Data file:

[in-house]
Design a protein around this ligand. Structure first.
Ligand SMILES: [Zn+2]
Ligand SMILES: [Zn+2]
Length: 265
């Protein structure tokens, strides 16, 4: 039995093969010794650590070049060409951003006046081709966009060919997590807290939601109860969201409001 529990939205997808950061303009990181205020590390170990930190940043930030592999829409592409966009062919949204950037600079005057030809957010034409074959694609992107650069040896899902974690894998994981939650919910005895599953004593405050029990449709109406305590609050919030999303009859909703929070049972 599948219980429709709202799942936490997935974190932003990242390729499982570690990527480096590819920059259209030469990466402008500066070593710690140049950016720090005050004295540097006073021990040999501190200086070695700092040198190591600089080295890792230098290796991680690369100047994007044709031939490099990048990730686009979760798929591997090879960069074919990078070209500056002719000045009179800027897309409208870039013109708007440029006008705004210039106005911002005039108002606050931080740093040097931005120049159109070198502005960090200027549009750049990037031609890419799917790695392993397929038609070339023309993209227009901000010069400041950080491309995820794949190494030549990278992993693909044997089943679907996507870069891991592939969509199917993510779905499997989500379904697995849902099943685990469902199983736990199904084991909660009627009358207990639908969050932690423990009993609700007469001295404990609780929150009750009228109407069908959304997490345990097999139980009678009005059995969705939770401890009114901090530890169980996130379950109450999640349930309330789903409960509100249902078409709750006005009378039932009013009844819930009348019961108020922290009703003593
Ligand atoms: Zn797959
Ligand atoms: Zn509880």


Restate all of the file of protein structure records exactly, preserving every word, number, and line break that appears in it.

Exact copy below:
[in-house]
Design a protein around this ligand. Structure first.
Ligand SMILES: [Zn+2]
Ligand SMILES: [Zn+2]
Length: 265
């Protein structure tokens, strides 16, 4: 039995093969010794650590070049060409951003006046081709966009060919997590807290939601109860969201409001 529990939205997808950061303009990181205020590390170990930190940043930030592999829409592409966009062919949204950037600079005057030809957010034409074959694609992107650069040896899902974690894998994981939650919910005895599953004593405050029990449709109406305590609050919030999303009859909703929070049972 599948219980429709709202799942936490997935974190932003990242390729499982570690990527480096590819920059259209030469990466402008500066070593710690140049950016720090005050004295540097006073021990040999501190200086070695700092040198190591600089080295890792230098290796991680690369100047994007044709031939490099990048990730686009979760798929591997090879960069074919990078070209500056002719000045009179800027897309409208870039013109708007440029006008705004210039106005911002005039108002606050931080740093040097931005120049159109070198502005960090200027549009750049990037031609890419799917790695392993397929038609070339023309993209227009901000010069400041950080491309995820794949190494030549990278992993693909044997089943679907996507870069891991592939969509199917993510779905499997989500379904697995849902099943685990469902199983736990199904084991909660009627009358207990639908969050932690423990009993609700007469001295404990609780929150009750009228109407069908959304997490345990097999139980009678009005059995969705939770401890009114901090530890169980996130379950109450999640349930309330789903409960509100249902078409709750006005009378039932009013009844819930009348019961108020922290009703003593
Ligand atoms: Zn797959
Ligand atoms: Zn509880």